Video: Hugues Cuénod, Nadia Boulanger, and Claudio Monteverdi



With the passing of Swiss tenor Hugues Cuénod (pictured) at the age of 108, many news outlets are making the effort to present an accurate obituary of the distinguished singer. I’m particularly interested in mentions of Cuénod’s connection with Nadia Boulanger and the music of Claudio Monteverdi, a memorable partnership if there ever was one.

Alan Blyth of the Guardian covers their professional relationship, yet goes a bit too far in his opinion of the long-term influence of the Boulanger/Monteverdi recordings.

“In the mid-1930s, [Cuénod] came under the spell, like so many other musicians in Paris at the time, of the teacher-player Nadia Boulanger. He and other dedicated singers and friends performed and recorded madrigals by the then-neglected Monteverdi under her direction. The disc, seldom out of circulation since, sets a standard for the interpretation of the composer and opened the eyes and ears of many to Monteverdi’s genius. Cuénod’s tone blended to peculiarly beautiful effect with that of his fellow-tenor Paul Derenne and their account of Zefiro Torna remains a benchmark in singing Monteverdi.”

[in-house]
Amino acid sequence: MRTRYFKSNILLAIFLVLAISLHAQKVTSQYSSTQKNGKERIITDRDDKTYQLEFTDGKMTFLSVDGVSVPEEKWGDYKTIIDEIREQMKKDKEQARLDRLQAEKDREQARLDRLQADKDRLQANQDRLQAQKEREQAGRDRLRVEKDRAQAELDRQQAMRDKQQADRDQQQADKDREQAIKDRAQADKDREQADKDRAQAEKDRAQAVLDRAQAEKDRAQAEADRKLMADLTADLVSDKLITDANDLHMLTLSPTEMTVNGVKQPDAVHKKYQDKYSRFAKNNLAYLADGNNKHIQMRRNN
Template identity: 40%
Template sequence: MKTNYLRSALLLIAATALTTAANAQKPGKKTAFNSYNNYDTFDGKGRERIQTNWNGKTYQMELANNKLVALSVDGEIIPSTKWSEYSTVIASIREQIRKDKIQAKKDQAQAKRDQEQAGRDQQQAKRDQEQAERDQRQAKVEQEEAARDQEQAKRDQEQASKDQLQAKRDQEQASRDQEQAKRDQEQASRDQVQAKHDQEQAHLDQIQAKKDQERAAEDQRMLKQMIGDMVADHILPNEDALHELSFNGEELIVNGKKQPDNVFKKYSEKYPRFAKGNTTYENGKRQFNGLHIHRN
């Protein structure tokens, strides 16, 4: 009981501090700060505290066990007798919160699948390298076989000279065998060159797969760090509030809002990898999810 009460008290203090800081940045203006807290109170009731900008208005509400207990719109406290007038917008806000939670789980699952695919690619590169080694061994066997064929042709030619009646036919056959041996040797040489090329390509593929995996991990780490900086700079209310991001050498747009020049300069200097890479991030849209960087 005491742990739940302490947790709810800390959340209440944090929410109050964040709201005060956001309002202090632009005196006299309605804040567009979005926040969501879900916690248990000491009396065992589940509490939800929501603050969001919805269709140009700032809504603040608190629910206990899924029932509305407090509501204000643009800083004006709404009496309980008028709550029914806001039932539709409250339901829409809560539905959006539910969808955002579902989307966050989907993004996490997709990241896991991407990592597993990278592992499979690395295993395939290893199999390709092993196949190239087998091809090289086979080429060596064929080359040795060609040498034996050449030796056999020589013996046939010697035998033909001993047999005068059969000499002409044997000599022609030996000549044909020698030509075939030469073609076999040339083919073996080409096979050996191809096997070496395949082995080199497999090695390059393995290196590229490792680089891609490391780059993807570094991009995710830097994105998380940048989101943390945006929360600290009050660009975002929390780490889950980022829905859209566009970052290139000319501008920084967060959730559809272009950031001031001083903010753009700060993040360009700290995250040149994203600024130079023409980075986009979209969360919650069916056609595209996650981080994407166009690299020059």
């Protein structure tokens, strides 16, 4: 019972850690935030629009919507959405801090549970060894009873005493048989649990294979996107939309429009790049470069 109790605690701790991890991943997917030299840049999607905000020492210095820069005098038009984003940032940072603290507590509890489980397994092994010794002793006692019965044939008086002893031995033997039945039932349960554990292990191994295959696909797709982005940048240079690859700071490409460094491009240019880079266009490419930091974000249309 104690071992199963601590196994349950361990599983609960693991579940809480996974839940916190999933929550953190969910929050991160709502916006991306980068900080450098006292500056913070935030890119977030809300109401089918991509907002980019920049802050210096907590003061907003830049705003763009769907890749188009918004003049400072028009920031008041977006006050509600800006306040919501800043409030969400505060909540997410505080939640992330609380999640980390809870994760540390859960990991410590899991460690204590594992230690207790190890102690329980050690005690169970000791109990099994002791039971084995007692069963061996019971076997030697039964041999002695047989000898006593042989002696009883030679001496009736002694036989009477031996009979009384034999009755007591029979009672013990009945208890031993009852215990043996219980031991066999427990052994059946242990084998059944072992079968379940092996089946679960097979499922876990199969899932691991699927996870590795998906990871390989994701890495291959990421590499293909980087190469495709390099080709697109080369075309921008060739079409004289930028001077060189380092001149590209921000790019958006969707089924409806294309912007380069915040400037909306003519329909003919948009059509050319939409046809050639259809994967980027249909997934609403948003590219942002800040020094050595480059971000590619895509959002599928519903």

The recording may have set a standard when it was first released (since it had no competitors). However, to imply that it continues to have the kind of impact that many Monteverdi interpreters of the last three or four decades have achieved definitely crosses the line. I don’t think it remains the kind of benchmark as do more recent recordings.

With that said, I did have the pleasure of coming across a compilation CD of Boulanger’s Monteverdi a few years ago and was particularly struck by the beauty of “Zefiro torna.”

The singing of tenors Cuénod and Paul Derenne captured the essential melancholy nature of the work, as did Boulanger’s continuo-playing on the piano. It may not be a benchmark performance, but it is an arresting one.

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(photo: Hugues Cuénod in Feburary, 2010, by Lodewijknapoleon)

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